Jim Brown has also said he is with Kaepernick "100% in his sincerity and his right to bring these things out."
Pro Football Hall of Fame running back Jim Brown offered a measured criticism of Colin Kaepernick's national anthem protest, telling TIME he takes issue with Kaepernick demonstrating during the national anthem.
Brown's comments appear in a TIME cover story about Kaepernick's ongoing protest of racial inequality and police violence. During the preseason, the 49ers quarterback protested by sitting during the national anthem, and in San Francisco's final preseason game and through the first two weeks of the regular season, Kaepernick has chosen to instead kneel during the anthem.
"I would not challenge our flag," Brown told TIME's Sean Gregory. "I would not do anything that has to do with respecting the flag or the national anthem. I don't think it's appropriate."
A number of other athletes, including several NFL players, have followed Kaepernick's lead, protesting during the pregame performance of the “Star-Spangled Banner.”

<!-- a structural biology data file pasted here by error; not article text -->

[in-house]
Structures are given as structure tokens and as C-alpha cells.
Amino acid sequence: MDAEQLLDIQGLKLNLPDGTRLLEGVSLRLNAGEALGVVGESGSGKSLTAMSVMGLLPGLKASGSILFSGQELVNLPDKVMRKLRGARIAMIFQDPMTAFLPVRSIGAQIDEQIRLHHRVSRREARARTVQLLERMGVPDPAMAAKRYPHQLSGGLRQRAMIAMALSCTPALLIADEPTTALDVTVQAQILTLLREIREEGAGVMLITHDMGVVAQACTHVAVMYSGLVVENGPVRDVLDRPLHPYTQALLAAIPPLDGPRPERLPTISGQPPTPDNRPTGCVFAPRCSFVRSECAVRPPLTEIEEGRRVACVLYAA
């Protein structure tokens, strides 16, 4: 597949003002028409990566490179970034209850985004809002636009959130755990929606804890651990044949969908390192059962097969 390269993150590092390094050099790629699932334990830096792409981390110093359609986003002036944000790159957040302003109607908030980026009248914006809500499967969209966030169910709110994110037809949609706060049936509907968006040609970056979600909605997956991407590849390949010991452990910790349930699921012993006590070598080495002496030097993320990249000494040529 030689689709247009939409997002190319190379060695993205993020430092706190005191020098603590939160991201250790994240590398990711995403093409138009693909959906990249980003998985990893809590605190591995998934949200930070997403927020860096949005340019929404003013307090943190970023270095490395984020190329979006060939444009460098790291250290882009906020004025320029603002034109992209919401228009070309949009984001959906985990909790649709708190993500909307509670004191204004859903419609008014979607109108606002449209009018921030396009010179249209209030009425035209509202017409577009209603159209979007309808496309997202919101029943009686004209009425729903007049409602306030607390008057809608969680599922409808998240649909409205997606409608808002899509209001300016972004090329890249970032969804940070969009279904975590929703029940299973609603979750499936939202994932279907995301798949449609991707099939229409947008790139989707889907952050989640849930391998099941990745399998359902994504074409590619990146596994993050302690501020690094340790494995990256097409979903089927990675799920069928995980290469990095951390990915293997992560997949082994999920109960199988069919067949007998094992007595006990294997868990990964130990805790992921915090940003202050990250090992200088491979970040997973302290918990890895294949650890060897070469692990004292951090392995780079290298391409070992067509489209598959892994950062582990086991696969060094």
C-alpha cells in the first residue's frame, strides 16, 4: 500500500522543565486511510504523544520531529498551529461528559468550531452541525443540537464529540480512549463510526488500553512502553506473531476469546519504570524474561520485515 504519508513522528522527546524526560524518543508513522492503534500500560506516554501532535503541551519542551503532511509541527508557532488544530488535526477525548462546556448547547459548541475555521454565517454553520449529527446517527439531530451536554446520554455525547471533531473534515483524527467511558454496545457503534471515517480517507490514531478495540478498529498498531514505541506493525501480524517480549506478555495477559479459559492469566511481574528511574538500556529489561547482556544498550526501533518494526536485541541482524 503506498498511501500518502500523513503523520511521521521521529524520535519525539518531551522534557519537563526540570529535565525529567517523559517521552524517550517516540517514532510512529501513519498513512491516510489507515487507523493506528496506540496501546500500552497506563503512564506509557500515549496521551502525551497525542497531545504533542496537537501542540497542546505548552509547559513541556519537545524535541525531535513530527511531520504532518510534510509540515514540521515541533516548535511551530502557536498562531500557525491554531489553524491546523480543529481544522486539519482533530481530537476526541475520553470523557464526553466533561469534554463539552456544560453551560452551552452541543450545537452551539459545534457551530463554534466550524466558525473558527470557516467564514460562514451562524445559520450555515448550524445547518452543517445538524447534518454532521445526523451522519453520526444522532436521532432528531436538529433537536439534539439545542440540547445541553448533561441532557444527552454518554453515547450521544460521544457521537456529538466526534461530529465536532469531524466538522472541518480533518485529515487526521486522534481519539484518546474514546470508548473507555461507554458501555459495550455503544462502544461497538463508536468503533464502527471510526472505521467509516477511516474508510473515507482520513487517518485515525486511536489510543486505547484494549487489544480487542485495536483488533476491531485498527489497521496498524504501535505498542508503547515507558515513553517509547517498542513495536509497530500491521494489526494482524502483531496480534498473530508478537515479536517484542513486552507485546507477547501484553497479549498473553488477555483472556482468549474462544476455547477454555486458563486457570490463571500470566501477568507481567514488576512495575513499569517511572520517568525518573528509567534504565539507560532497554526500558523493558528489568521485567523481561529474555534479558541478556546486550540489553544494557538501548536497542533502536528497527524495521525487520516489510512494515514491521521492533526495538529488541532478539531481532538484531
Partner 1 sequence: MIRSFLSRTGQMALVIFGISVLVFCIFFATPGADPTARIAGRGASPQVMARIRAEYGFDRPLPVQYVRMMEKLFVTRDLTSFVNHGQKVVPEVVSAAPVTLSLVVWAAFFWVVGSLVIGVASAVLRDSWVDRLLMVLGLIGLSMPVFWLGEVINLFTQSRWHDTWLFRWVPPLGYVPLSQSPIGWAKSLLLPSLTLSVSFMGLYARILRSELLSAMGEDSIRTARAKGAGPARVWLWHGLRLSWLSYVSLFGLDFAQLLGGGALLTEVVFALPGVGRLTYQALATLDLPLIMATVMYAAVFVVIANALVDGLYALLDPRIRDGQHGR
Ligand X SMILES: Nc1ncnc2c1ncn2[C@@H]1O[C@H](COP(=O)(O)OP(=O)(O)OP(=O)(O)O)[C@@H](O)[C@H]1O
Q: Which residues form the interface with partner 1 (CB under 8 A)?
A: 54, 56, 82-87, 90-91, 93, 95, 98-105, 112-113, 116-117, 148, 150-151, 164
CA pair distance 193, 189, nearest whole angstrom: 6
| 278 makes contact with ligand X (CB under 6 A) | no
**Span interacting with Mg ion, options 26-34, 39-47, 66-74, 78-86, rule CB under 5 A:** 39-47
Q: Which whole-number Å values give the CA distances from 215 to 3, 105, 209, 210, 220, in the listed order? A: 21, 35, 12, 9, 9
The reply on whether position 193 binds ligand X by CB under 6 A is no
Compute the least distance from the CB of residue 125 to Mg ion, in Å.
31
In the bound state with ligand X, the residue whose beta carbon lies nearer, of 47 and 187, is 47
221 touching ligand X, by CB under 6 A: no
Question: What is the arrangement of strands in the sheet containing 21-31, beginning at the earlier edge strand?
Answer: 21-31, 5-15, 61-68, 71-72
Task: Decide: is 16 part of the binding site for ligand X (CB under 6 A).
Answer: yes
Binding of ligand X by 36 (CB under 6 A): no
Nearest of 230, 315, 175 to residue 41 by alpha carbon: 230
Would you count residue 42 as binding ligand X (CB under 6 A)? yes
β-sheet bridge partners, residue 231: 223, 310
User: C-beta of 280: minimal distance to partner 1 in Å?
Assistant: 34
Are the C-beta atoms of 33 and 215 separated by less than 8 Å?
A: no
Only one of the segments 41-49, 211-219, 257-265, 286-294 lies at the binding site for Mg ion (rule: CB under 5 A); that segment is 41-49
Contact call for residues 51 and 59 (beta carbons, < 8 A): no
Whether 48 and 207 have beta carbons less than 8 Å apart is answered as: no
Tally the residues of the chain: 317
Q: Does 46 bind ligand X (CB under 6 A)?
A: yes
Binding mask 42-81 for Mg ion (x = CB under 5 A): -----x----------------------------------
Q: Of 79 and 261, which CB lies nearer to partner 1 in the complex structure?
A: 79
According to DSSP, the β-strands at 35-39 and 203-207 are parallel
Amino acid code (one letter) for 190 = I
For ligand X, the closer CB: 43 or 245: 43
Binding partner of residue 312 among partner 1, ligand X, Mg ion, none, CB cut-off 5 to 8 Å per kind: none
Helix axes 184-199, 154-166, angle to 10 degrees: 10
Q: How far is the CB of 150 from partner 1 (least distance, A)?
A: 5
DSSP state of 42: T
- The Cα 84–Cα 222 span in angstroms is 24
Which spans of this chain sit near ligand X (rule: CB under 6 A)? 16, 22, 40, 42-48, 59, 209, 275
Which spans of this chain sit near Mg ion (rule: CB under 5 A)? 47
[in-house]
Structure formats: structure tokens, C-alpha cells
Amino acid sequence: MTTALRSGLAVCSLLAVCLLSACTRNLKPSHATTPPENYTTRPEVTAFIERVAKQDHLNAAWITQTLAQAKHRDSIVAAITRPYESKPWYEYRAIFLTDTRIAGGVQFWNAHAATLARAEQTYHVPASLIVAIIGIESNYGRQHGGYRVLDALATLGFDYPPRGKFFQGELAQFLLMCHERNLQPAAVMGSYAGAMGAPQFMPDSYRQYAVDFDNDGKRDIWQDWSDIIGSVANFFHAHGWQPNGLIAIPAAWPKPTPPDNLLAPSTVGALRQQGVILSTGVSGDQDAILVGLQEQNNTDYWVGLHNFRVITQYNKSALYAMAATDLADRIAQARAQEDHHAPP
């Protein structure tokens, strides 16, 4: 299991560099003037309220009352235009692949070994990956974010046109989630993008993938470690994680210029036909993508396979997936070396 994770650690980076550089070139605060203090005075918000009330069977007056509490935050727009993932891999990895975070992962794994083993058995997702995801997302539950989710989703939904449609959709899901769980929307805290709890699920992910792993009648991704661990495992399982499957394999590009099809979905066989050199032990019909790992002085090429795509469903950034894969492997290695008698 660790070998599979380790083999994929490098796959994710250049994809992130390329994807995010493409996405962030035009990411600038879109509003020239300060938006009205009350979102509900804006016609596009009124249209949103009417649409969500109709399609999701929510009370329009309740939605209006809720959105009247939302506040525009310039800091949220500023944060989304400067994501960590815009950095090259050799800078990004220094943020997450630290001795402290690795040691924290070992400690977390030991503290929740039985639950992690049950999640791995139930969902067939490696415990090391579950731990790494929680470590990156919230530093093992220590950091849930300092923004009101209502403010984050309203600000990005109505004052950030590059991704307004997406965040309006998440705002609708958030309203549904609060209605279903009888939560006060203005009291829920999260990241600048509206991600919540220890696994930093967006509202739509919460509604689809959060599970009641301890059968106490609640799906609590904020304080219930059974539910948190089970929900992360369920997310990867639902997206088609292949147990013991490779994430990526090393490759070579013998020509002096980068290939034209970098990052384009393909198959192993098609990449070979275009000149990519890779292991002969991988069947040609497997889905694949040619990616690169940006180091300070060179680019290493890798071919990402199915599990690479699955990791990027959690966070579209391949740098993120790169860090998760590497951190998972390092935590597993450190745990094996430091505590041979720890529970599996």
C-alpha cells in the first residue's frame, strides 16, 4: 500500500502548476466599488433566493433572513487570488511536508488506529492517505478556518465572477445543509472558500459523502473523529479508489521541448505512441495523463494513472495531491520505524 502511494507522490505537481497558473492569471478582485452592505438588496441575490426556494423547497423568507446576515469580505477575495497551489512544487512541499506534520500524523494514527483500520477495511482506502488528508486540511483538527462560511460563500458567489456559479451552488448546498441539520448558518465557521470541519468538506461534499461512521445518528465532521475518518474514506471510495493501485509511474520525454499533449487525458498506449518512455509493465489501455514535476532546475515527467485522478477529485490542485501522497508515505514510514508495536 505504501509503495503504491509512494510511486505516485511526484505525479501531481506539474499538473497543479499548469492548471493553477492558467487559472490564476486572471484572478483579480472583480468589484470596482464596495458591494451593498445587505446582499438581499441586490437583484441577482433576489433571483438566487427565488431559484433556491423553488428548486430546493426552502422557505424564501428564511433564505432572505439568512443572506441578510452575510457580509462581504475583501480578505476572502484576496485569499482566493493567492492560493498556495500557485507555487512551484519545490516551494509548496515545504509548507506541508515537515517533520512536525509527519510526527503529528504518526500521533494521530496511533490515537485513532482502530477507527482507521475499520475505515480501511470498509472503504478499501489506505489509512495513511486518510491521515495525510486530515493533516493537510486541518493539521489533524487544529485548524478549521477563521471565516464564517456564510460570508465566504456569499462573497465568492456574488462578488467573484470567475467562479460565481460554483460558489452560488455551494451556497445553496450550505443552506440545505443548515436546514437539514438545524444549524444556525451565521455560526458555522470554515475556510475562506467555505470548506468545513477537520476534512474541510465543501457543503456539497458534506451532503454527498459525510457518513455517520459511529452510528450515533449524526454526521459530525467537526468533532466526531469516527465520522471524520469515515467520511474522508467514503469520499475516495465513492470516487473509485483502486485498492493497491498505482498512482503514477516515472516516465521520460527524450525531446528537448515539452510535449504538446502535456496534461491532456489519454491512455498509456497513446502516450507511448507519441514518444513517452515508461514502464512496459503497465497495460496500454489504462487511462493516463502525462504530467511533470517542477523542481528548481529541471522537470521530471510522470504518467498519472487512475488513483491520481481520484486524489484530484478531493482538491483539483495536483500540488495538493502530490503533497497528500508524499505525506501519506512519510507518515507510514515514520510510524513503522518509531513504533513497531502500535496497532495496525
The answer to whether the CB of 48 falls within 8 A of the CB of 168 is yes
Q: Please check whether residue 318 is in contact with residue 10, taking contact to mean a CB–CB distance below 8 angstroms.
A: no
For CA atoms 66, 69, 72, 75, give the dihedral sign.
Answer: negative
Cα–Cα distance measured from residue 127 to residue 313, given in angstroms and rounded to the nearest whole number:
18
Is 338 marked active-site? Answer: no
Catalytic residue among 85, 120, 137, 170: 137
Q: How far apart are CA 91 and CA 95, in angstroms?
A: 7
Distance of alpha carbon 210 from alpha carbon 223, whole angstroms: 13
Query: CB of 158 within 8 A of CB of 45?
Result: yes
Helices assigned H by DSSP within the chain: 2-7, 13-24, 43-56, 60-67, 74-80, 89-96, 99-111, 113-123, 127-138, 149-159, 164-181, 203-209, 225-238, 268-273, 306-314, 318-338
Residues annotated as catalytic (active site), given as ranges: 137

Brown, who was outspoken on social issues during his career, supports Kaepernick's right to protest. Last weekend, he said Kaepernick had reached out to him and that he offered the quarterback his support.
"Colin is a very beautiful human being," Brown said, according to Syracuse.com. "He reached out to me. He got my telephone number and he called me. We had a great conversation. I'm with him 100% in his sincerity and his right to bring these things out."
Brown, who played in the NFL from 1957 to '65, has long been one of the sports world's most prominent civil rights activists. In the 1960's, he helped lead a generation of black athletes, such as Muhammad Ali and Kareem Abdul-Jabbar, who didn't hesitate to speak out on racism and injustice in America.
After serving as an Army Reserve officer following his graduation from Syracuse, Brown supported Ali when he refused to fight in Vietnam.
The former Cleveland Browns running back also explained to TIME why many athletes have been hesitant to take a stand on social issues.
"The agents tell these young people that you can get endorsements, you can get a lot of money, don't rock the boat," he told TIME. "Money becomes the objective, and individuals protect their image, make sure they have the right image so that they can represent corporations. And now what is happening is there seems to be a reversal."
Kaepernick and the 49ers will take on the Seahawks on Sunday.
Read TIME's full story on Kaepernick and his burgeoning movement in this week's magazine.